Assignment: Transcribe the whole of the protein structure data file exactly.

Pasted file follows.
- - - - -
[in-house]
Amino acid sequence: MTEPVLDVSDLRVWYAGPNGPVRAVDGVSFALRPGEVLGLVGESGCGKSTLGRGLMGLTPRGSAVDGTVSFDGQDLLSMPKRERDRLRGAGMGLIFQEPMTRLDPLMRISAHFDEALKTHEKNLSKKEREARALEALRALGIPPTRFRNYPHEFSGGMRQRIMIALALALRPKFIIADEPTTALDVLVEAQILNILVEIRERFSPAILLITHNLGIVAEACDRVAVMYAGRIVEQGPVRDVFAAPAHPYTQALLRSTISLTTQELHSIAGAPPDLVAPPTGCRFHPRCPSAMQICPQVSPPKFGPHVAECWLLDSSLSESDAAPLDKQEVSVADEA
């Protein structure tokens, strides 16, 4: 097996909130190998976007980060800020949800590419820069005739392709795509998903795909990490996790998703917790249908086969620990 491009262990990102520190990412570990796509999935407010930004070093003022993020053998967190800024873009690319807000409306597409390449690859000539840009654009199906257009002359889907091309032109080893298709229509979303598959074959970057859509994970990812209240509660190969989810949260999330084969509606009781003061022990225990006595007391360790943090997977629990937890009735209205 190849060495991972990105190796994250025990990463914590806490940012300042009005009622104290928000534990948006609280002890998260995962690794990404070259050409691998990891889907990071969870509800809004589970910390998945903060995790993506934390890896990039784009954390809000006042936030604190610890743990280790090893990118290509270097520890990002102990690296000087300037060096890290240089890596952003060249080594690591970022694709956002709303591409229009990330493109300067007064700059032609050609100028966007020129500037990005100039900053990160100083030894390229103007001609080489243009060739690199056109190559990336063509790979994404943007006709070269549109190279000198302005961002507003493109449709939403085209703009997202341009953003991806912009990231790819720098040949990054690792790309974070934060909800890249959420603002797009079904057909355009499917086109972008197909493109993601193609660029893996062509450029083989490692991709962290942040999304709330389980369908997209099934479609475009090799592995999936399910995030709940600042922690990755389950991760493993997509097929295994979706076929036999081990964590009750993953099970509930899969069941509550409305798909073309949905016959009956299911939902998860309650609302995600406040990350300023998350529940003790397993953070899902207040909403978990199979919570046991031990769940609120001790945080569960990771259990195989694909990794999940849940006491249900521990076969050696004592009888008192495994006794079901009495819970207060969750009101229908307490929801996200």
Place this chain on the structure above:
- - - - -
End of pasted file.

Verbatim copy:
[in-house]
Amino acid sequence: MTEPVLDVSDLRVWYAGPNGPVRAVDGVSFALRPGEVLGLVGESGCGKSTLGRGLMGLTPRGSAVDGTVSFDGQDLLSMPKRERDRLRGAGMGLIFQEPMTRLDPLMRISAHFDEALKTHEKNLSKKEREARALEALRALGIPPTRFRNYPHEFSGGMRQRIMIALALALRPKFIIADEPTTALDVLVEAQILNILVEIRERFSPAILLITHNLGIVAEACDRVAVMYAGRIVEQGPVRDVFAAPAHPYTQALLRSTISLTTQELHSIAGAPPDLVAPPTGCRFHPRCPSAMQICPQVSPPKFGPHVAECWLLDSSLSESDAAPLDKQEVSVADEA
């Protein structure tokens, strides 16, 4: 097996909130190998976007980060800020949800590419820069005739392709795509998903795909990490996790998703917790249908086969620990 491009262990990102520190990412570990796509999935407010930004070093003022993020053998967190800024873009690319807000409306597409390449690859000539840009654009199906257009002359889907091309032109080893298709229509979303598959074959970057859509994970990812209240509660190969989810949260999330084969509606009781003061022990225990006595007391360790943090997977629990937890009735209205 190849060495991972990105190796994250025990990463914590806490940012300042009005009622104290928000534990948006609280002890998260995962690794990404070259050409691998990891889907990071969870509800809004589970910390998945903060995790993506934390890896990039784009954390809000006042936030604190610890743990280790090893990118290509270097520890990002102990690296000087300037060096890290240089890596952003060249080594690591970022694709956002709303591409229009990330493109300067007064700059032609050609100028966007020129500037990005100039900053990160100083030894390229103007001609080489243009060739690199056109190559990336063509790979994404943007006709070269549109190279000198302005961002507003493109449709939403085209703009997202341009953003991806912009990231790819720098040949990054690792790309974070934060909800890249959420603002797009079904057909355009499917086109972008197909493109993601193609660029893996062509450029083989490692991709962290942040999304709330389980369908997209099934479609475009090799592995999936399910995030709940600042922690990755389950991760493993997509097929295994979706076929036999081990964590009750993953099970509930899969069941509550409305798909073309949905016959009956299911939902998860309650609302995600406040990350300023998350529940003790397993953070899902207040909403978990199979919570046991031990769940609120001790945080569960990771259990195989694909990794999940849940006491249900521990076969050696004592009888008192495994006794079901009495819970207060969750009101229908307490929801996200």
Place this chain on the structure above: